I don’t understand why piracy is still a thing in 2016

I know I’ve talked about this before, but after listening to the song “Exposure Bank” by Sunrise Skater Kids, I’ve been thinking about the issue of piracy again. I just don’t understand how piracy is still seen as an acceptable route to obtain media without paying in 2016. With all of the options available today, getting access to a wide variety of media, be it music, movies, tv shows or even magazines, has become easier than ever. Spotify and Apple Music effectively let you download just about any album you can imagine for the price of a single album a month. Downloading music to your phone using Apple Music, for example, is as easy as searching for an artist and tapping a download button next to an album. It’s much faster and more reliable than pirating music, and it’s safer too. So why do people still pirate?

“We have so many loyal fans, It’s good to know our future rests in their hands, We all do this for the thrill, Real musicians don’t need much to pay the bills”

Napster became a thing when I was in middle school and it truly did revolutionize the way I consumed music. Before Napster I had very limited means of accessing music. My exposure to music came from what was played on the radio, what few CD’s I could buy in a year, and the music shared between friends (occasionally by trading ‘burned’ CD’s). Once I discovered Napster essentially the entire history of music became available at the click of a button. I was able to discover music quicker than ever before, and rather than spending hours at FYE using their listening stations, I could just download a song and if I didn’t like it I’d delete it.

“Buying bad music is the worst, Be sure to download every album, piracy comes first. Once you decide you like it, Get some merchandise and we’ll be supported.”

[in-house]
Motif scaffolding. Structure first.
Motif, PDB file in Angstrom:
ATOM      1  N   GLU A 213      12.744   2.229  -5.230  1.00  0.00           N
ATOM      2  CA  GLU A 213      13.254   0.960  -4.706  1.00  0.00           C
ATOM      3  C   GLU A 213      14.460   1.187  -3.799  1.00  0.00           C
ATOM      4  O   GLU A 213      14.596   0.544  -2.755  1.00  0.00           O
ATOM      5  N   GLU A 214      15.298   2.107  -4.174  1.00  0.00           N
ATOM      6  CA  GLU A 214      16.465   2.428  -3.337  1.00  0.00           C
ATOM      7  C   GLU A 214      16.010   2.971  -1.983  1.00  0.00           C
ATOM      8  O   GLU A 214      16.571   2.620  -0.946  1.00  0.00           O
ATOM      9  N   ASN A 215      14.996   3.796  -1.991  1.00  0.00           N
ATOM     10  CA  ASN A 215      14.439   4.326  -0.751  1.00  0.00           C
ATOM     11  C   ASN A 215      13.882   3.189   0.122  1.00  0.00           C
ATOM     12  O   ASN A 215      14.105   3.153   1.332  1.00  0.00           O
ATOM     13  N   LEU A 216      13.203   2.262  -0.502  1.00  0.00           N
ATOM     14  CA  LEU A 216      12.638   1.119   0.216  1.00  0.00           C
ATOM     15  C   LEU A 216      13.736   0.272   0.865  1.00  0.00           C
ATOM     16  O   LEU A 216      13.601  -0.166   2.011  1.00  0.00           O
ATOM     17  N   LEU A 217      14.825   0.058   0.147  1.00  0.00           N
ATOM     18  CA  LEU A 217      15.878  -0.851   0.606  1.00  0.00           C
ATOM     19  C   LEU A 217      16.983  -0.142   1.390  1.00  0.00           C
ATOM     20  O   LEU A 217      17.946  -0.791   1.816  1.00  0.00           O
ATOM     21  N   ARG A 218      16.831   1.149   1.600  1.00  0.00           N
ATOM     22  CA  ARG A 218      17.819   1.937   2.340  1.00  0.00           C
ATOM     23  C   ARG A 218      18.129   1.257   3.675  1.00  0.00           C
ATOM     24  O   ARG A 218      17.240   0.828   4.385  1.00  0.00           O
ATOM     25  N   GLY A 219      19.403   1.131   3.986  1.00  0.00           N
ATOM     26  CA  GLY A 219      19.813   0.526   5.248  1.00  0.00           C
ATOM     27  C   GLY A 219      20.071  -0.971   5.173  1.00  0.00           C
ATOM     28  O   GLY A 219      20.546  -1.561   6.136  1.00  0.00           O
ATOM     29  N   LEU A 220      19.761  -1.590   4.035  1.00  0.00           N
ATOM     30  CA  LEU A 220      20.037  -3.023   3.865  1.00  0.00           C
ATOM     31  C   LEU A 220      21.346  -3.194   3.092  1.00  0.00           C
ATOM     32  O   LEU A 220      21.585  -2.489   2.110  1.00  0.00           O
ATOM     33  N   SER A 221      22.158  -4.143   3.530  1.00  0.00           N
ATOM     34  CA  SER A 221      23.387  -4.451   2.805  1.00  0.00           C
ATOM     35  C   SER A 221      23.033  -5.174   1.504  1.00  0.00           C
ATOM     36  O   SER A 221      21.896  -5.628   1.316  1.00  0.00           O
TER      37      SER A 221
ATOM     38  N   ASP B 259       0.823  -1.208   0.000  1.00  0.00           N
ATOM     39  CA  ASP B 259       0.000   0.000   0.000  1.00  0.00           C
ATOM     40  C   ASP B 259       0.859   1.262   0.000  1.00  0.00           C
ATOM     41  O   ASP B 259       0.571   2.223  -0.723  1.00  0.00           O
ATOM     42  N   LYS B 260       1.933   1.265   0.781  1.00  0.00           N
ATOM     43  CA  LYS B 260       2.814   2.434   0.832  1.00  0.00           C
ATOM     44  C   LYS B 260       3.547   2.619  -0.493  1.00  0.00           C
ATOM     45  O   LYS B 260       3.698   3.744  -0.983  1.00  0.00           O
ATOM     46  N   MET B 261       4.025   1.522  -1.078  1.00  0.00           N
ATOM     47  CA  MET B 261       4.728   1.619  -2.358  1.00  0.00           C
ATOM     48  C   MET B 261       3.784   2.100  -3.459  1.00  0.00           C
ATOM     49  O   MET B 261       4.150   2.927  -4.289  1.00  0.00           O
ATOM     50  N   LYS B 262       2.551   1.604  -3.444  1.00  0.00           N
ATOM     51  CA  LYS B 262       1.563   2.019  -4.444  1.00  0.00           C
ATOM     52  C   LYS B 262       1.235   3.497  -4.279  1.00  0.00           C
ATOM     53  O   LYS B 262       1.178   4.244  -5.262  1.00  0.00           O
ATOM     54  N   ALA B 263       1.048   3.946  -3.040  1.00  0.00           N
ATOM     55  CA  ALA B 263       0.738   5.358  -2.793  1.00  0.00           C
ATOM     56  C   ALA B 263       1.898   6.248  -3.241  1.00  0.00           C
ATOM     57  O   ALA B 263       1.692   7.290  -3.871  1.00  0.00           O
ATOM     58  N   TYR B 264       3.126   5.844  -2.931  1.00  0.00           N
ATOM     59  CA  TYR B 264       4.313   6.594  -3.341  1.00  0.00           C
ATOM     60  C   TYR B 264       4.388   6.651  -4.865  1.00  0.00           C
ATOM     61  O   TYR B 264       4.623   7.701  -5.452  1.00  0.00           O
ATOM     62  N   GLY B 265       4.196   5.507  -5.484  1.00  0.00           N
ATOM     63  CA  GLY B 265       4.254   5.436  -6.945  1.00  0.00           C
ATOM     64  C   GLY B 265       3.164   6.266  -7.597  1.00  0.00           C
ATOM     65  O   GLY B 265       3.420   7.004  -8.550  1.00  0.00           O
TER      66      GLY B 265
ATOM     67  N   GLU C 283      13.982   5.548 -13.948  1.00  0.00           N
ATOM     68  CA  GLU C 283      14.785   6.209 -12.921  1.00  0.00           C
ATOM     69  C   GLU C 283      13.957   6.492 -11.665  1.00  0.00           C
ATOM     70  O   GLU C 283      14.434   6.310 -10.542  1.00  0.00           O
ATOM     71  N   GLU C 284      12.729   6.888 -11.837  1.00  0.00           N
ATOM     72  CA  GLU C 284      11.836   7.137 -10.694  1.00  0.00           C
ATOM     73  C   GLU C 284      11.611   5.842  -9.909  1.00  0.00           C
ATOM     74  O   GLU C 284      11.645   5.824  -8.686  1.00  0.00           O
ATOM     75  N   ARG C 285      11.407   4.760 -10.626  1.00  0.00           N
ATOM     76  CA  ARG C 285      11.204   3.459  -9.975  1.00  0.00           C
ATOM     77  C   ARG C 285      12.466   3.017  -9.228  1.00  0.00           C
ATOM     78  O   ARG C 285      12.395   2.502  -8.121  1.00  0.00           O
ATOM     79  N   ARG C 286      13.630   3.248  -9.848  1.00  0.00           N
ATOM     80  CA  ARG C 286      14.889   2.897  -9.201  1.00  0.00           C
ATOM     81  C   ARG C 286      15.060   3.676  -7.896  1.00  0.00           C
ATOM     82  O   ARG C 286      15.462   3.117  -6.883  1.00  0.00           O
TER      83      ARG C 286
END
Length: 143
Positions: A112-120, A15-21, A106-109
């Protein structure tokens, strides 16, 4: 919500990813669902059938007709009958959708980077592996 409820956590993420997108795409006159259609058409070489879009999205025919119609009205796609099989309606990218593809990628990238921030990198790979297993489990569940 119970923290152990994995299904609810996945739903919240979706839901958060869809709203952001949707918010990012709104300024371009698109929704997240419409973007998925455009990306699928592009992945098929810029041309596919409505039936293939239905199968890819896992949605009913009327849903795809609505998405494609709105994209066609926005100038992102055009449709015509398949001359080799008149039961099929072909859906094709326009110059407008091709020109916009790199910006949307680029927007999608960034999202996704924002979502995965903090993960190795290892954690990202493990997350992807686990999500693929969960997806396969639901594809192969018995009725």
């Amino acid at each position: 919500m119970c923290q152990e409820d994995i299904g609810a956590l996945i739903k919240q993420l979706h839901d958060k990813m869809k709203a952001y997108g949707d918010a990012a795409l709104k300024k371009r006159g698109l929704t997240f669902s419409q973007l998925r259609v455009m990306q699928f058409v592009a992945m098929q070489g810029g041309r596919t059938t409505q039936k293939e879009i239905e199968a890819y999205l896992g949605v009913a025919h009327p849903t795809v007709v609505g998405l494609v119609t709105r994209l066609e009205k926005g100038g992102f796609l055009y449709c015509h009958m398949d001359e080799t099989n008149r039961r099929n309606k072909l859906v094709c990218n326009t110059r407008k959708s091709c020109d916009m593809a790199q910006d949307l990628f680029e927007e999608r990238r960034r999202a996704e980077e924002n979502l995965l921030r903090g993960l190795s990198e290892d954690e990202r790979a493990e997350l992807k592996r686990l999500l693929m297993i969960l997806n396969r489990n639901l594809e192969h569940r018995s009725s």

For a while most of my music was acquired via piracy, however the launch of the iPod and eventually the iTunes store changed everything again. All of a sudden it was easier to purchase a digital album than it was to pirate it. You would be guaranteed a certain level of quality for a price that CD’s could never compete with. The iTunes store was the first step in the right direction in an effort to supersede piracy as the default method of acquiring music, however in recent years another revolution has changed the music industry yet again: streaming.

When I first discovered Spotify’s premium service, which allowed you to download entire albums from just about every artist you could think of in a matter of seconds, my mind was blown. Once again an entire world of music became available to millions of users at the tap of a screen. Spotify Premium became the way I consumed music (outside of the car, in which I still enjoy my SiriusXM radio) until I switched to Apple Music upon its release. Apple Music works much the same as Spotify does, however I like the app better.

Apple Music iTunes

I can’t understand how anyone with any sort of appreciation for music could still pirate in 2016. For just $120 a year you can essentially “own” every piece of music that releases that year and all the years past. Not only that, but you have access you your entire music library on all of your devices, without ever having to transfer any files. It’s so easy it boggles my mind why anyone wouldn’t subscribe to a streaming music service.

$10 a month for all the music your ears desire seems too good to be true, and while it’s great for consumers there is some validity to the fears that the services short change artists. That, combined with the fact that I love vinyl, is the reason I still continue to buy music that I really love. For example, I’ve recently become obsessed with The Strumbellas and immediately ordered their “We Still Move on Dance Floors” album, and pre-ordered their upcoming album “Hope” on vinyl (I also bought both on iTunes, as I REALLY love them and want to support them!)

“Yeah, pats on the back, Yeah, live on the streets, You’re entitled to our music, You did so much to deserve it, Yeah, download a car, Yeah, don’t need to eat.”

There are so many options in other forms of media as well. The app Texture offers a sort of ‘Netflix for magazines” where for either $10 or $15 a month you get access to a wide variety of magazines including back issues. The higher priced plan includes weekly publications such as The New Yorker, TIME and Newsweek.